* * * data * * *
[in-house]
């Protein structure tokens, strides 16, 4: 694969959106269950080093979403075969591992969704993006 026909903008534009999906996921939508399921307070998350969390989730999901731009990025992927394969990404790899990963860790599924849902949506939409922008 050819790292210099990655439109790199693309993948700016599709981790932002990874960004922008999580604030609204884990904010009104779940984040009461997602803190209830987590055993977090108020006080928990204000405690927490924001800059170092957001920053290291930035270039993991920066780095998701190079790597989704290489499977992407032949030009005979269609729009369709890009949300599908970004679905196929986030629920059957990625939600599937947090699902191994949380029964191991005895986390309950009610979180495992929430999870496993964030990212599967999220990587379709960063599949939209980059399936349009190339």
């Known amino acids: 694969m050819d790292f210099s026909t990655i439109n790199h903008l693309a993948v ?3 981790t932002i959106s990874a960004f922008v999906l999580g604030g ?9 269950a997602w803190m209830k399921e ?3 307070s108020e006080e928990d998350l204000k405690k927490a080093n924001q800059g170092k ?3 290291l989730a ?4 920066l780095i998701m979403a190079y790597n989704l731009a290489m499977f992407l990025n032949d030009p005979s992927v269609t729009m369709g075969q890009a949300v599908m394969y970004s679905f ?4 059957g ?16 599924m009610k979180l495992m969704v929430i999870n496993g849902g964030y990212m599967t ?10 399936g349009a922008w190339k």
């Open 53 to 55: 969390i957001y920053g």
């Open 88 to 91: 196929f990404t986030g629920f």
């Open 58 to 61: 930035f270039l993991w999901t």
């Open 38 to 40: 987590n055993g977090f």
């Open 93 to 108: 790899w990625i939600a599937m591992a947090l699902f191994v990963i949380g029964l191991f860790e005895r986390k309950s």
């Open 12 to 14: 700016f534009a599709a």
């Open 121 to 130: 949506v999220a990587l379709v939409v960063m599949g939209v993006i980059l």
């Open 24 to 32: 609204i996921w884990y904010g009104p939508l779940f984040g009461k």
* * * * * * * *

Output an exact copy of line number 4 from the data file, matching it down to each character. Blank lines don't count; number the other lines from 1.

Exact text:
């Open 53 to 55: 969390i957001y920053g």